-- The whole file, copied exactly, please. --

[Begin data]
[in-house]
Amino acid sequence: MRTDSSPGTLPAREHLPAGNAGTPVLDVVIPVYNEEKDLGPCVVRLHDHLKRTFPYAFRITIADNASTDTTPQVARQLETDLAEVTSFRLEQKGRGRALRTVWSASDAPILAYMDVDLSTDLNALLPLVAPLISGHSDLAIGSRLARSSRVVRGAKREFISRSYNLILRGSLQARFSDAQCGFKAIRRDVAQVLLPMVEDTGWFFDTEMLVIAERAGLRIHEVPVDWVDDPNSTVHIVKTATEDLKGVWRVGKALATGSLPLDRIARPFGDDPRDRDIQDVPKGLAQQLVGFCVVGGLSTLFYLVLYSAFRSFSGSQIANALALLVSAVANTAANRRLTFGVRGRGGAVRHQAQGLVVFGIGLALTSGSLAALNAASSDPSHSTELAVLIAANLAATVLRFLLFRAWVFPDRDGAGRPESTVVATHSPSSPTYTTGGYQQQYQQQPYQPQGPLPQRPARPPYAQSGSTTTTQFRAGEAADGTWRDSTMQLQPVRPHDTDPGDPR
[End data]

[in-house]
Amino acid sequence: MRTDSSPGTLPAREHLPAGNAGTPVLDVVIPVYNEEKDLGPCVVRLHDHLKRTFPYAFRITIADNASTDTTPQVARQLETDLAEVTSFRLEQKGRGRALRTVWSASDAPILAYMDVDLSTDLNALLPLVAPLISGHSDLAIGSRLARSSRVVRGAKREFISRSYNLILRGSLQARFSDAQCGFKAIRRDVAQVLLPMVEDTGWFFDTEMLVIAERAGLRIHEVPVDWVDDPNSTVHIVKTATEDLKGVWRVGKALATGSLPLDRIARPFGDDPRDRDIQDVPKGLAQQLVGFCVVGGLSTLFYLVLYSAFRSFSGSQIANALALLVSAVANTAANRRLTFGVRGRGGAVRHQAQGLVVFGIGLALTSGSLAALNAASSDPSHSTELAVLIAANLAATVLRFLLFRAWVFPDRDGAGRPESTVVATHSPSSPTYTTGGYQQQYQQQPYQPQGPLPQRPARPPYAQSGSTTTTQFRAGEAADGTWRDSTMQLQPVRPHDTDPGDPR